If you were an employer, would you offer a pension fund.  I am not sure I would.  I would invest in employees’ education.  My greatest concern would that they are very flexible with multiple skills and multiple languages followed by the ability to run their own businesses. That’s the most ethical solution that I can think of.

But if there were no pension funds, who will supply investment capital?  Who does have access to large dollops of money that we call capital?

Right locals -fill me in.  Tell me how it works here!

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Check my facts on Opportunity UK

Employment opportunities in the UK

Today, Twitterers are retweeting BBC’s report that TUC says 60 people are chasing every job in the south, and elsewhere in UK, each job is chased by 10 people.  Is this true?  And if it true, is it unusual?

I wonder if Andy at SironConsulting a leading recruitment agency would make a comment?

Talk facts not negative emotions

I’m a positive psychologist and I hail from Zimbabwe so I know a fair bit about living in an economic crisis.

  • Bad news outweighs good.  People reading the BBC report on their way to work today will need 3 times as much positive information of greater weight just to think straight!  They will need 5 times as much positive information to be creative and to find solutions to challenges of the day.  Be prepared for a rough day at work and stop to take a walk in the park, listen to the birds and admire the daffodils.  You may need it!
  • Even those of use who are good at maths find it difficult to keep track of numbers with lots of zero’s in them.  I don’t undertand why it is so difficult but generally we need to pull out pen and paper and lay out the arithmetic neatly.  Don’t assume journalists have done this.  They are as dazzled as the rest of us!
  • We need information to guide action not to encourage excitable chatter.  We need facts and figures presented, in context, in a way that supports the purpose of the reader.

I find it hard to find facts and figures about the British economy, so I am going to collect them here.  But do check my numbers.  I do know from living in Zimbabwe that we are prone to make errors when lots of zero’s are involved.  Maybe I’ll add an error from time to time to see if you are doublechecking!

And I am also going to relate the facts I find to the issue at the top of our minds: making a living joyfully in the UK!

Here are my two facts for today and my take on the BBC report.

1   We live and work in the 5th largest economy in the world

Wikipedia figures for GDP by country seem to be 2008 and are probably in USD.  In the last year, the pound has weakened and our economy will be smaller now nominal terms. We have also contracted about 1.5%.  A year ago, India was expected to overtake us in size and I imagine this has happened.

So we are probably not 5th any more.  Maybe we are tenth?  Who knows?

We are still massive by any account.

2   We have 4% of the world’s economy and 1% of the world’s population

We have a disproportionate share of the world’s production and services. Yes, we do.  We are well off.

The world’s GDP is around 50 trillion (million millions or 10^6 x 10^6).  Our GDP in the UK is between 2 to 3 trillion USD.  I’ve taken the lower figure to arrive at 4%.

The world has 6 to 7 billion people (thousand millions or 10^3 x 10^6).  In the UK, have 60 million people.  So 1% of the world live here.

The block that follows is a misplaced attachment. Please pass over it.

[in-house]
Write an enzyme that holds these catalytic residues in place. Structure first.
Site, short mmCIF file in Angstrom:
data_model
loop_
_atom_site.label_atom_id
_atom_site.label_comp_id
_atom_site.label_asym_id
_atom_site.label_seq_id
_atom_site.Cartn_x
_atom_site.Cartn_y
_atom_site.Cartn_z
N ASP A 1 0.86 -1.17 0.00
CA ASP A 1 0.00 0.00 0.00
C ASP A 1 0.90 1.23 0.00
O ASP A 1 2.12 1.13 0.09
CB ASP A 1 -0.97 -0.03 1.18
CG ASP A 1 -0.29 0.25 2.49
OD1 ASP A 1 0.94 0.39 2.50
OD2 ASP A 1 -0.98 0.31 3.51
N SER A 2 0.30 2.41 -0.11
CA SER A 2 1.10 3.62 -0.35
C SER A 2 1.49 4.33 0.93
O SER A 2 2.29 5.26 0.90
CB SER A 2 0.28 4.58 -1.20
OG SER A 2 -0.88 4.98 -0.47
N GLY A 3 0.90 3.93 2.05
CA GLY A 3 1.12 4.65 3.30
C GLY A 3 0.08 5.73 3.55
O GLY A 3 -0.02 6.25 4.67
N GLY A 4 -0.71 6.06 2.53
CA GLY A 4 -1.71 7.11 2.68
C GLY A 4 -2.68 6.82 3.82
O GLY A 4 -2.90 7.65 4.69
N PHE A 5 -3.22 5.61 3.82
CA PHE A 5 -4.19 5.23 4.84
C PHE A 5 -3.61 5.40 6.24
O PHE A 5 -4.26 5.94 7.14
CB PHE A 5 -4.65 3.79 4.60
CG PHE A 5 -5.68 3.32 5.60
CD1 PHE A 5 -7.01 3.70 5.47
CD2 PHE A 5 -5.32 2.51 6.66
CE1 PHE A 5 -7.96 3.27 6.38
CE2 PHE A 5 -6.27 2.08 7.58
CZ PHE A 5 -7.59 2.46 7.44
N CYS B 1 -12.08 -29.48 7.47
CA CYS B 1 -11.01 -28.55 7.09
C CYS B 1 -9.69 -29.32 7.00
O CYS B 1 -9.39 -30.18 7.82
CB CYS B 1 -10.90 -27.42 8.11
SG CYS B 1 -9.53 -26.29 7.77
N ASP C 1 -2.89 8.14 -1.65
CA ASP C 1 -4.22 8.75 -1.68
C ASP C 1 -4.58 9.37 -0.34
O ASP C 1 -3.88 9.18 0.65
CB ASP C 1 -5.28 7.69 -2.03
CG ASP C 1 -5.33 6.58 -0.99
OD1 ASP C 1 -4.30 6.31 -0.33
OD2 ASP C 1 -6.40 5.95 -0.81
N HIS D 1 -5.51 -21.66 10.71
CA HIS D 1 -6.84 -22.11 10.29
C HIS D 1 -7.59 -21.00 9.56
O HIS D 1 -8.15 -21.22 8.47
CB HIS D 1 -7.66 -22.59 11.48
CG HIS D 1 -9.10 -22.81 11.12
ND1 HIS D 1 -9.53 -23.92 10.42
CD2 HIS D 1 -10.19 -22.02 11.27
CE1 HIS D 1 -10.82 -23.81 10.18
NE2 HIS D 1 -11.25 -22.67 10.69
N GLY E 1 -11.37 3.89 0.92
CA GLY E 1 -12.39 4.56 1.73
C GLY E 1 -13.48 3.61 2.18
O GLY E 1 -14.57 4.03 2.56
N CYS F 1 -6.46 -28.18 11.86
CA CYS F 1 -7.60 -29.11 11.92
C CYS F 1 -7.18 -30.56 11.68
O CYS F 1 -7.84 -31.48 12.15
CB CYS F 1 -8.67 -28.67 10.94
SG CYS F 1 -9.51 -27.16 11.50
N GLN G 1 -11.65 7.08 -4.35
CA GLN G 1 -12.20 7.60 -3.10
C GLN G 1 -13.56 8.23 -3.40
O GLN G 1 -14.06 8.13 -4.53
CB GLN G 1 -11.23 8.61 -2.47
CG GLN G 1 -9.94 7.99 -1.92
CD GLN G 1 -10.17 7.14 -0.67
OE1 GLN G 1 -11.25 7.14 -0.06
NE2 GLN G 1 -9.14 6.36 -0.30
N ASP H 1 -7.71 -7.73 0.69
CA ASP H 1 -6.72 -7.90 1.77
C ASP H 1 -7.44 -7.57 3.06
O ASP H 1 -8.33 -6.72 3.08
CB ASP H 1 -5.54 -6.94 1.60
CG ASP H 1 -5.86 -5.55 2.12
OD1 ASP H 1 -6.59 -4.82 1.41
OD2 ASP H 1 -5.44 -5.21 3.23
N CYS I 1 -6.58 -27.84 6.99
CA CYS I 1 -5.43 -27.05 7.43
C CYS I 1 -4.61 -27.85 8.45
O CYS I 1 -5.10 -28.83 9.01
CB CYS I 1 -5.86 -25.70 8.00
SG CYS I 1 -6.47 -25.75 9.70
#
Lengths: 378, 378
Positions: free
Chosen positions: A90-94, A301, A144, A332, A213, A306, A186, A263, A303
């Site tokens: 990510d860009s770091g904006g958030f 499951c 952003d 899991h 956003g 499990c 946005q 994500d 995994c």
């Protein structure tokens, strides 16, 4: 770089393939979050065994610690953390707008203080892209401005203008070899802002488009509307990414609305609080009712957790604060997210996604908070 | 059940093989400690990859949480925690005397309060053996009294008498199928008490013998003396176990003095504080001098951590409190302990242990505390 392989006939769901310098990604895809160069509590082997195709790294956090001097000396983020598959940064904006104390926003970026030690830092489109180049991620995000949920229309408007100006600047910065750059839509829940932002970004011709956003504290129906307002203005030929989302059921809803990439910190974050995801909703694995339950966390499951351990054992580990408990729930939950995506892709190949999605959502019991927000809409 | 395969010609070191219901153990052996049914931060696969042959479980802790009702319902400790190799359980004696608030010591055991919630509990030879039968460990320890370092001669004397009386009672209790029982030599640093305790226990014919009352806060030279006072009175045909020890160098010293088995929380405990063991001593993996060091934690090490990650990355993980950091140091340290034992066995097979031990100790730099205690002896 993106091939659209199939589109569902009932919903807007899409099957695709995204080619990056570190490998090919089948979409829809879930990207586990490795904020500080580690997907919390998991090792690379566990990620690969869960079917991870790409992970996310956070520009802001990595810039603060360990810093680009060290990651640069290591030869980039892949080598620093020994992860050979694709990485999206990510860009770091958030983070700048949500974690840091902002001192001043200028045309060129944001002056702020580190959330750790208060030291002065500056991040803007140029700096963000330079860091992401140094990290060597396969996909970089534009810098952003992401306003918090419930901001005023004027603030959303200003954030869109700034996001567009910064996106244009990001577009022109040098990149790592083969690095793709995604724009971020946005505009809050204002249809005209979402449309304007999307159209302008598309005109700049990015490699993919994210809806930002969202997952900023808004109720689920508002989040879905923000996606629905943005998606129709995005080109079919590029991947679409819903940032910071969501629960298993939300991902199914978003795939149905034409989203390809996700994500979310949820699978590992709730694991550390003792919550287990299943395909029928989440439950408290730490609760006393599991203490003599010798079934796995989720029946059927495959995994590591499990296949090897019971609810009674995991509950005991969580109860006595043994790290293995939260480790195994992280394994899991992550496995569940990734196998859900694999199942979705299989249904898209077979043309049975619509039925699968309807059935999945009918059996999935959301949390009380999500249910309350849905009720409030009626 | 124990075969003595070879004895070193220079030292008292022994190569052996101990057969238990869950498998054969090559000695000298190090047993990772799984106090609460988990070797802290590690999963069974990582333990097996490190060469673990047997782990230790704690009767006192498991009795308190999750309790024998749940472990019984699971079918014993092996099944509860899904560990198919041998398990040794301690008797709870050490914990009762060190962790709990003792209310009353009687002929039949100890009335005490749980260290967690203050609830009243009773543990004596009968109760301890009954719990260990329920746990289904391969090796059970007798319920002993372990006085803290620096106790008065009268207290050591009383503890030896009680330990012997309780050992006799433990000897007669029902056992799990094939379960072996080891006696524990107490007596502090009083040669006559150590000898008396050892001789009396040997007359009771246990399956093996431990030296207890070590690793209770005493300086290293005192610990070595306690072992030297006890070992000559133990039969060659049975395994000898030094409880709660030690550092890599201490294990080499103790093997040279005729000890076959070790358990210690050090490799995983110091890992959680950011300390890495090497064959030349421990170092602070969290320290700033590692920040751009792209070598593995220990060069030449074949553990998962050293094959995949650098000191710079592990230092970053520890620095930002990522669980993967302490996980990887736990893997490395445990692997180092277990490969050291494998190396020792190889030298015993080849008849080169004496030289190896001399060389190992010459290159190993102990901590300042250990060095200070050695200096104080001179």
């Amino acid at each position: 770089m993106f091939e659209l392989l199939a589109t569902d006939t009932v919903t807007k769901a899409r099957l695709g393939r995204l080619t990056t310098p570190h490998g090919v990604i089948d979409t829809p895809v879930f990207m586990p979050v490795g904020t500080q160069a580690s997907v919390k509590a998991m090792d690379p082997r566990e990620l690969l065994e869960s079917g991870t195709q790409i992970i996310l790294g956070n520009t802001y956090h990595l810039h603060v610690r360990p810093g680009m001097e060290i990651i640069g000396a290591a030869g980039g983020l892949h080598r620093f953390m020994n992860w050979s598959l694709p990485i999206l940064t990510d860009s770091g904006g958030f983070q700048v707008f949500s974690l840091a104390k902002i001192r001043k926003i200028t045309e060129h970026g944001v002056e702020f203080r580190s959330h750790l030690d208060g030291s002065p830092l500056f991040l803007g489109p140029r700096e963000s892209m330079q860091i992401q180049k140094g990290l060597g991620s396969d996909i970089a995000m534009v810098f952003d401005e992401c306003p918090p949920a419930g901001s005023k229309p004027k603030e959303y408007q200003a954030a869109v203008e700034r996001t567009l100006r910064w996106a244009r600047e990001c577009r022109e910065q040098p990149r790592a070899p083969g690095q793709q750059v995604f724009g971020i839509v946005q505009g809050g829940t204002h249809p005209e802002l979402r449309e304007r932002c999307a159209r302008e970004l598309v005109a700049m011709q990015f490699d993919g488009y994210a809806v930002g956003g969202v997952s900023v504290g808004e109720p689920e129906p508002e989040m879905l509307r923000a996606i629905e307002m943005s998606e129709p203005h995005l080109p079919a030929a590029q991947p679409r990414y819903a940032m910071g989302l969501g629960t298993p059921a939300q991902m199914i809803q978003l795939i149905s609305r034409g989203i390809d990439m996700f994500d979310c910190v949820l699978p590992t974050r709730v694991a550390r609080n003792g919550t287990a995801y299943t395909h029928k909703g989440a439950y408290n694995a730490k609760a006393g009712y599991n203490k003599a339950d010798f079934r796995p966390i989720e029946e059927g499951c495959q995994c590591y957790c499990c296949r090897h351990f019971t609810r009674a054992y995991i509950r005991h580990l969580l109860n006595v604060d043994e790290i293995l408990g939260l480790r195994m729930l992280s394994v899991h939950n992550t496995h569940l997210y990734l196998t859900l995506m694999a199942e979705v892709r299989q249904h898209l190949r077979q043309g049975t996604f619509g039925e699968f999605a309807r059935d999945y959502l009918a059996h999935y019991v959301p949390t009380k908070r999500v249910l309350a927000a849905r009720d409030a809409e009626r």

We have 4 x our share of the world economy!

Of course, the USA, with GDP of 15 trillion has 30% of the world economy and a population of 300 million, 5% of the world’s population.  So they have 6x their share of the world’s economy and one-and-a-half times our already disproportionate share.  Pareto’s law in action.  A few people command a disproportion share of resources.

A share in the UK economy

Once, we have remembered that we are quite rich, then we can turn to the issue exercising the TUC – the ability of people to take part in the economy.

Our opinions on this matter provide the underlying tension in western politics and seem to go something like this.  Rich people think they should continue to be rich even if they have just lost billions through bad decisions.  People who seek to make a living through employment believe employment should always be available.

It seems a sterile debate to me.  Looking at the UK from the outside, people quarrelling in a rich economy look like governors of the workhouse in the film Oliver stuffing their faces while the boys ate gruel.

It is quite hard for someone who has lost their job, and who is shocked and frightened, to imagine they are in a psychological state similar to  someone who has lost millions or even billions.   Anyway they are in too much shock to care.

Negative emotions are overwhelming, and psychologsits are pretty confident we need 3-5 moderate positive emotions to outweigh 1 mild negative emotion.  A shock like redundancy needs heaps of positive, which is hard when you’ve just lost the social support system of work and you are short of money too.

But reality and commonsense must also kick in here.  Certainly, claim redundancy money, sign on, and do sensible things.  But consider your basic game plan too.

Why are you waiting for other people?

While you are doing sensible things, do start taking charge of your own life.  Aim to come out of this ‘recession’ not only with your house intact and some savings in the bank, but less, less, LESS, dependent on other people for opportunity.

Can you create opportunity and look for another jobs at the same time?

You must.  Otherwise you are in a bizarre position of feeling poor in a country where we control FOUR TIMES our share of the world’s economy.

There are many simple systems.  Here are 4 suggestions.

  1. Buy British corporate poet, David Whyte‘s CD, MidLife and the Great Unknown and listen to it while you commute, or as you take a walk in a park or field in the gentle spring sun.
  2. Buy What Color is Your Parachute? and do the exercises.
  3. Listen to Dr Srikumar Rao talking at Googletalk (50 min) and follow his advice.
  4. Do my “new person and new url per day” exercise.

Absolutely commit yourself to taking charge of your life and join in unashamed abandon a chase to catch up with the US!

We would like 6 times our share of the world’s economy too!

Not for the sake of gluttony but because it is fun to be innovative and productive and when we trade fairly, people in other countries benefit too.

I would love to hear how you take charge of your life.